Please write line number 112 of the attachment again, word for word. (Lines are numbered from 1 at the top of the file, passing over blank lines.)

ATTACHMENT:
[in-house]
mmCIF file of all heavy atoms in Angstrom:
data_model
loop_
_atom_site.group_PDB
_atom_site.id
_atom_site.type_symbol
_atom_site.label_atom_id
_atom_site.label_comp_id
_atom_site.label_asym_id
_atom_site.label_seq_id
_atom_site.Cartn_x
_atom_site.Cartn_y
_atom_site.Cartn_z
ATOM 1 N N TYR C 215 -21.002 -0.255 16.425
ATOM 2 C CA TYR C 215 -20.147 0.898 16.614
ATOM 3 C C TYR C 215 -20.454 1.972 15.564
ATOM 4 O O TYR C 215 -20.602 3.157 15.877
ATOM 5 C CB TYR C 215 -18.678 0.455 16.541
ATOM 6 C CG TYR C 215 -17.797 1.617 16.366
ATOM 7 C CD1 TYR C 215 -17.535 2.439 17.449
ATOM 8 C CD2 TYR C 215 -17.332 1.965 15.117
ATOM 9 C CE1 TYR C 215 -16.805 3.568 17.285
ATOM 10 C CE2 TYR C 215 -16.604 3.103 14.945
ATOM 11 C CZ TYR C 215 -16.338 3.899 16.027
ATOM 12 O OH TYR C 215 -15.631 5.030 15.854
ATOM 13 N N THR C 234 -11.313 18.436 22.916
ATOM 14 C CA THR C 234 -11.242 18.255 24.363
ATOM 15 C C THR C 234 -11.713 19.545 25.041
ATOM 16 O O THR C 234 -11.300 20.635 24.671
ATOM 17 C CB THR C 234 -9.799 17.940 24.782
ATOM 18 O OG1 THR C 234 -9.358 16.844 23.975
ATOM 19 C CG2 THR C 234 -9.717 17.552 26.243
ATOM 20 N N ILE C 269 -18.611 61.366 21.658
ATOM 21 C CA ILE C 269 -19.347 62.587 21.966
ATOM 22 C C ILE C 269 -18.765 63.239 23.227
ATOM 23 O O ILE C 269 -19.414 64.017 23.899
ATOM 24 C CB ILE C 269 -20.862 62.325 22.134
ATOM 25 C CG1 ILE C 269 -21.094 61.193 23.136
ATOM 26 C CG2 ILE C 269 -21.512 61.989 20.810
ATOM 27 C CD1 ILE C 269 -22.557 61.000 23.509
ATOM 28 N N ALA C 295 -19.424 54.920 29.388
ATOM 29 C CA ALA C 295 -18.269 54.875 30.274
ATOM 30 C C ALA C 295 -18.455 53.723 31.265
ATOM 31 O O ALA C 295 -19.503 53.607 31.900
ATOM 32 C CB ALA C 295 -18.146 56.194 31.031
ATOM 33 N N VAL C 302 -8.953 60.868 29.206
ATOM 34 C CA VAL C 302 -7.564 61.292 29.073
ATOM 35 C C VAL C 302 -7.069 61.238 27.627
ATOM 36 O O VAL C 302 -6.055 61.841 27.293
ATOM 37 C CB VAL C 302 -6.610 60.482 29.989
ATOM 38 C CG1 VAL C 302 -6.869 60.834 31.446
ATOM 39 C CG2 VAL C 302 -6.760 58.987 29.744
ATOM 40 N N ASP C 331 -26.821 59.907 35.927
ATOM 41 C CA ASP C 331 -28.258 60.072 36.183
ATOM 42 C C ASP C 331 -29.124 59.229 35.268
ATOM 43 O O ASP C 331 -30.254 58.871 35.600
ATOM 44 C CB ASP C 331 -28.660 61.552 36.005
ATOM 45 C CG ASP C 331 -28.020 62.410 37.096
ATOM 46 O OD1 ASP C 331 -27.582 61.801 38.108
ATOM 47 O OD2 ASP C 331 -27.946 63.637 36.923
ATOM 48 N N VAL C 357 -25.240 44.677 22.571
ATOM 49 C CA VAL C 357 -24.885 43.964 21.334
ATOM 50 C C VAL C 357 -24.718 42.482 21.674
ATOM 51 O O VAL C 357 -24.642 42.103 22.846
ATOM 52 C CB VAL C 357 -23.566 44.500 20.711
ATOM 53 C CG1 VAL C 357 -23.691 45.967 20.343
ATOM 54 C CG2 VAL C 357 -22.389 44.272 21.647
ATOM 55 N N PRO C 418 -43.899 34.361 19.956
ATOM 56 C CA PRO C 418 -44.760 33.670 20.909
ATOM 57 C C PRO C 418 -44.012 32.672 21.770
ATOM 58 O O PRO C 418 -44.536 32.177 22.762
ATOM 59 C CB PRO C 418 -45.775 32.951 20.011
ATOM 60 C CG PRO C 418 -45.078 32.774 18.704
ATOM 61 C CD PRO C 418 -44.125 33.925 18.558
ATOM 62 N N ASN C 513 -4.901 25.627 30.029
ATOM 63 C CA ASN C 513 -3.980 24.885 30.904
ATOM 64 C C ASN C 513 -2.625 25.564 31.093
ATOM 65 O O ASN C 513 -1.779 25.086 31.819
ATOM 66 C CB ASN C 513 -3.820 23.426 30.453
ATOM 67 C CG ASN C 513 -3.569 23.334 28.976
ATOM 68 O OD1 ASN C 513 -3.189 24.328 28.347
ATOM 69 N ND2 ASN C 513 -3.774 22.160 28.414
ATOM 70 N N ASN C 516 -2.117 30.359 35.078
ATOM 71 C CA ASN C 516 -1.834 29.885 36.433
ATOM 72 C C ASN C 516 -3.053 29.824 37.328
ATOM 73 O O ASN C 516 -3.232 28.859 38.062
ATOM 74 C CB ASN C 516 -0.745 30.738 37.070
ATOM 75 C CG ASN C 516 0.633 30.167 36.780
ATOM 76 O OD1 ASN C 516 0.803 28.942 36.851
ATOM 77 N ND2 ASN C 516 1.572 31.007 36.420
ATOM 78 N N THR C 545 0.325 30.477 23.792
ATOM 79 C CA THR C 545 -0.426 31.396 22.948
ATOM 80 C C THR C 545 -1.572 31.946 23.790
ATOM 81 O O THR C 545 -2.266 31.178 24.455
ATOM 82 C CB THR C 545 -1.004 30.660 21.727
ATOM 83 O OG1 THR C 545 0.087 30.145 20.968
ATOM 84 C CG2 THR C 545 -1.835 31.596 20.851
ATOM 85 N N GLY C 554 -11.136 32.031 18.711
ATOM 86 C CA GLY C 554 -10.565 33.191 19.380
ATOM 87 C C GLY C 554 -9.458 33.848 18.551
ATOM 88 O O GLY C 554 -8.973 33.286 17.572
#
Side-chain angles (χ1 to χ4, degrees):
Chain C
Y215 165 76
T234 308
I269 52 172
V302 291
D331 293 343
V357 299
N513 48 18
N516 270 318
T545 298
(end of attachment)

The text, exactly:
N513 48 18